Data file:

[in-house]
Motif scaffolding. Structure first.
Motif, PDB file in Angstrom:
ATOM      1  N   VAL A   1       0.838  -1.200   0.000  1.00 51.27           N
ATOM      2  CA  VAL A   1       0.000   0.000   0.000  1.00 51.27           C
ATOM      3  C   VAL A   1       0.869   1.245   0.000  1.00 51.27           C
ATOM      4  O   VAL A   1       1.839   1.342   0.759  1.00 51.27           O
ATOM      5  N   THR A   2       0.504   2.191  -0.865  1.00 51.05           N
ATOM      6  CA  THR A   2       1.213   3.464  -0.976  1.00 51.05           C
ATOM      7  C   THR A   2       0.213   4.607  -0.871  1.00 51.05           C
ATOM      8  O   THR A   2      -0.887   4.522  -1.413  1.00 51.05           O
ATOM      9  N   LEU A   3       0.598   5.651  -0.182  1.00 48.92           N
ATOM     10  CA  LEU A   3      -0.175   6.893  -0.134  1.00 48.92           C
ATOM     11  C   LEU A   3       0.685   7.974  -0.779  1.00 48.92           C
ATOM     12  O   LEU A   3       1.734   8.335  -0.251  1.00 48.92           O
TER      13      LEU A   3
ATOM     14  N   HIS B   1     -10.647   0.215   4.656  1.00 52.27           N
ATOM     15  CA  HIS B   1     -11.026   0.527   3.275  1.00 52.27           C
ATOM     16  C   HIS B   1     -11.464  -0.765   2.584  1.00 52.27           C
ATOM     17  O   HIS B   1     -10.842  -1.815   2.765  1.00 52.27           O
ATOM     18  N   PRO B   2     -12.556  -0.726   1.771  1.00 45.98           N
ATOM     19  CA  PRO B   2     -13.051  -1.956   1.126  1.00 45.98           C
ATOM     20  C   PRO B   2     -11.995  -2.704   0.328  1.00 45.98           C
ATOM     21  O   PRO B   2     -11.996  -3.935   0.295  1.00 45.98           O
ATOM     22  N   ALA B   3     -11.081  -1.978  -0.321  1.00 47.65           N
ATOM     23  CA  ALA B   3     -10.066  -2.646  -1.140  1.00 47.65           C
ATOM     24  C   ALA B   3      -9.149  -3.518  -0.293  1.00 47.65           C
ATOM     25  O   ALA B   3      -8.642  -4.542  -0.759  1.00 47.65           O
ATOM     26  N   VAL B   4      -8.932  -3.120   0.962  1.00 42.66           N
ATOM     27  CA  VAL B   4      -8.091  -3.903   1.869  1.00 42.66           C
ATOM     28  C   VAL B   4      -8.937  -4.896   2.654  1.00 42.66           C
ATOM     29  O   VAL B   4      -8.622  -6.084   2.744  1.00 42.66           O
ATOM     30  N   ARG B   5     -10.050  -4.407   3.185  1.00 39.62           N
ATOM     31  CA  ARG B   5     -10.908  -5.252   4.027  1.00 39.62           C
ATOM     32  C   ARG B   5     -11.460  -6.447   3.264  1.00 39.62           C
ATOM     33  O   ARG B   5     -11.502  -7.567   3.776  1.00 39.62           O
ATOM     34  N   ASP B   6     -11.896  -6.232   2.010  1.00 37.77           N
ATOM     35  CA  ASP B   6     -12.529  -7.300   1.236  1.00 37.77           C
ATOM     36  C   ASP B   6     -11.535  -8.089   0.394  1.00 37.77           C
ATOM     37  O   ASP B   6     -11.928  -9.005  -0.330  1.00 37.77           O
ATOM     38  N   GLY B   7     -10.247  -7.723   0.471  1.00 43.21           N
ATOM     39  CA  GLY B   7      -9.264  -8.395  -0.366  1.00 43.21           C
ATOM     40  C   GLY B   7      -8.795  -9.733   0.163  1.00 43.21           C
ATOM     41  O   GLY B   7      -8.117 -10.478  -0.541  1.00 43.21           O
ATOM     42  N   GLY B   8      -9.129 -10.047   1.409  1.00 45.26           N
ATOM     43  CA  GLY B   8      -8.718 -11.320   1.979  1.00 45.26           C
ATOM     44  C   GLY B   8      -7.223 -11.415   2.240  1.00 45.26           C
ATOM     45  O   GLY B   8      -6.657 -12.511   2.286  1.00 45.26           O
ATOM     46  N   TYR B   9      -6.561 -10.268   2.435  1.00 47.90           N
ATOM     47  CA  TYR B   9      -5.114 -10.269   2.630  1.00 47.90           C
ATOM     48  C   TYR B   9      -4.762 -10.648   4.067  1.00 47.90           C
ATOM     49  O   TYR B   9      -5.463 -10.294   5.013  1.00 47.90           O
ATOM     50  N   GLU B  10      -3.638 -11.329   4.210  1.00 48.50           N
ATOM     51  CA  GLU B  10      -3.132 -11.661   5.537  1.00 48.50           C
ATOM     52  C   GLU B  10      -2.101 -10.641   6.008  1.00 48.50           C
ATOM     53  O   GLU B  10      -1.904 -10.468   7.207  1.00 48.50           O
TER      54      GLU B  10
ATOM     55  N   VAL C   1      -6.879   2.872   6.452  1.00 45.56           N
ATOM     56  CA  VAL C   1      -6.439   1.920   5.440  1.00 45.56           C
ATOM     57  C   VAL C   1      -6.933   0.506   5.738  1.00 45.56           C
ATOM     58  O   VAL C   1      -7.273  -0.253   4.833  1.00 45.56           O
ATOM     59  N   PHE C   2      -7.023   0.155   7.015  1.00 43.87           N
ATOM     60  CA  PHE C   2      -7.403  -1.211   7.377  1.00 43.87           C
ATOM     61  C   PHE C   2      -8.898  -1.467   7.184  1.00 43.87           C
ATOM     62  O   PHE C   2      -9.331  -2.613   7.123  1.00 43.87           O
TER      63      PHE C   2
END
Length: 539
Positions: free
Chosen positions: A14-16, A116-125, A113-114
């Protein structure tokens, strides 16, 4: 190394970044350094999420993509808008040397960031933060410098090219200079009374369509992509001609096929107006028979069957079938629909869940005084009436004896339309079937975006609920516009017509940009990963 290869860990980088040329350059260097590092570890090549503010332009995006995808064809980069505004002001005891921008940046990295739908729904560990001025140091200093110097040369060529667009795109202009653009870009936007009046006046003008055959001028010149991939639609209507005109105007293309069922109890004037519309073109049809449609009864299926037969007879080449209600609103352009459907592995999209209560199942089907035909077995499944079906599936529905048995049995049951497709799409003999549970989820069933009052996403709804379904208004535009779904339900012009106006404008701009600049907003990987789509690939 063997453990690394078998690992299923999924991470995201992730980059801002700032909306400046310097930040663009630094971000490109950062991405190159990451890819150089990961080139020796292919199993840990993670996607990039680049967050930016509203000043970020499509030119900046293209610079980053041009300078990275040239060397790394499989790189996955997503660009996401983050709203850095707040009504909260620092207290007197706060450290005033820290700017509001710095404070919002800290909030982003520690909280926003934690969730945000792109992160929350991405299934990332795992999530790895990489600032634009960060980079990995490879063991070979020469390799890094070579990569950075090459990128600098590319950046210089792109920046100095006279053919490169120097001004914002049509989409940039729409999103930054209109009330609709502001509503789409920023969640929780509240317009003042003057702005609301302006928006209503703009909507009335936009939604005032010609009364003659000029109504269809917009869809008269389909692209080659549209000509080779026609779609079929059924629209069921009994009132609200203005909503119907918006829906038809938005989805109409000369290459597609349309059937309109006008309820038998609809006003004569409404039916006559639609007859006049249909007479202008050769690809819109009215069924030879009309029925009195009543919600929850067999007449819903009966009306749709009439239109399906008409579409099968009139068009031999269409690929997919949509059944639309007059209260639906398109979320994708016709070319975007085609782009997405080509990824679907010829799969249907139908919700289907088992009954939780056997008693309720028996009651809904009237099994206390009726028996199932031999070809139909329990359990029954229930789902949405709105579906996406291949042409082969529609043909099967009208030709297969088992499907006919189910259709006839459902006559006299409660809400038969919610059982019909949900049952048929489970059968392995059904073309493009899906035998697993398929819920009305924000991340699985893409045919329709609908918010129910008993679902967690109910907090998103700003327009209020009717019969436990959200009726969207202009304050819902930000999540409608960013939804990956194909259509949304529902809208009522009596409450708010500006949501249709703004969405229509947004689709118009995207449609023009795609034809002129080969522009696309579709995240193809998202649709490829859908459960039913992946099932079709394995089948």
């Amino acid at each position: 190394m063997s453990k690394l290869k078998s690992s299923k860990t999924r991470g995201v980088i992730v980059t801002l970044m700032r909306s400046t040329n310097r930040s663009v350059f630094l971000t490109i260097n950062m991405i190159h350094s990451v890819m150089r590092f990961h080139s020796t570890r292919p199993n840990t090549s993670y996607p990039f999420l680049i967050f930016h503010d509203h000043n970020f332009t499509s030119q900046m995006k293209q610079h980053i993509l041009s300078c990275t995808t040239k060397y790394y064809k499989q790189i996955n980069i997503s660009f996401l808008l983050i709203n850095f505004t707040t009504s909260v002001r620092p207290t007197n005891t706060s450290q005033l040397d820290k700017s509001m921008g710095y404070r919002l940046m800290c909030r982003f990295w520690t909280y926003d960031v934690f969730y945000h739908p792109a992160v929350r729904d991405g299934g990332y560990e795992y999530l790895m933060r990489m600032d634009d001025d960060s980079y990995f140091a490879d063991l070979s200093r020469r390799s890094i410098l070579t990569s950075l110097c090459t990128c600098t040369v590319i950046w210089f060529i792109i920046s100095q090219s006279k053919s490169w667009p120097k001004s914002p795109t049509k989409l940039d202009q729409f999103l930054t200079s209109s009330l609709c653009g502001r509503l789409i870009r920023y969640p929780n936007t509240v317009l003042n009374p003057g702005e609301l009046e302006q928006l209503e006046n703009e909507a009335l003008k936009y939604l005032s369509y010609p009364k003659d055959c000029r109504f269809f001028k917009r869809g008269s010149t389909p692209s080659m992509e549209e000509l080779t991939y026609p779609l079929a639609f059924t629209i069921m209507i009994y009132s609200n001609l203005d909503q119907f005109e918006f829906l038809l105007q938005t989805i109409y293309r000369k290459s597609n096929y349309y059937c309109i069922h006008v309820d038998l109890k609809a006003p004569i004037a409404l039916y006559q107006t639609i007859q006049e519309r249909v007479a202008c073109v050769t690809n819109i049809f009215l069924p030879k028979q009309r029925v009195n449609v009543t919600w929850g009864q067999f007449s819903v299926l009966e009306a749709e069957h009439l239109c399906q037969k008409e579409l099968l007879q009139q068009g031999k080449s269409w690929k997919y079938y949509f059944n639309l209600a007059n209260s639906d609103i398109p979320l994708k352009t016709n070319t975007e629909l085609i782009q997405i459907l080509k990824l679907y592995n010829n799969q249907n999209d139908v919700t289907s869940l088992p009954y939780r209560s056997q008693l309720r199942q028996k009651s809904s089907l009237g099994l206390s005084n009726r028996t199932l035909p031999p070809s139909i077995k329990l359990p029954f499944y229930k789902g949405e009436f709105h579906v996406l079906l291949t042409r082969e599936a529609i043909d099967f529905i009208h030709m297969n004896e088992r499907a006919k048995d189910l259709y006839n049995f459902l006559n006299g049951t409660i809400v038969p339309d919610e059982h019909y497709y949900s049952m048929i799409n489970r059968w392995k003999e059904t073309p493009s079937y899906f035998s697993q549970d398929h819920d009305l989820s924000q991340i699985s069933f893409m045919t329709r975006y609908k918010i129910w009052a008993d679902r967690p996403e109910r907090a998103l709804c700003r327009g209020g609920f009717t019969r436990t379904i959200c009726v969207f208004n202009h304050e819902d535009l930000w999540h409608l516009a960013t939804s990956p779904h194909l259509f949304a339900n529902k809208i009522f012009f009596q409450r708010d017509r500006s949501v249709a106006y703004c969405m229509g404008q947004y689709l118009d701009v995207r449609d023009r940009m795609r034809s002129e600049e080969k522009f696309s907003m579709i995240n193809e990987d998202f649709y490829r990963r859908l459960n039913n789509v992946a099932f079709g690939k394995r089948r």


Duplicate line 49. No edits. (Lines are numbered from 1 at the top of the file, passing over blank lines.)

ATOM     46  N   TYR B   9      -6.561 -10.268   2.435  1.00 47.90           N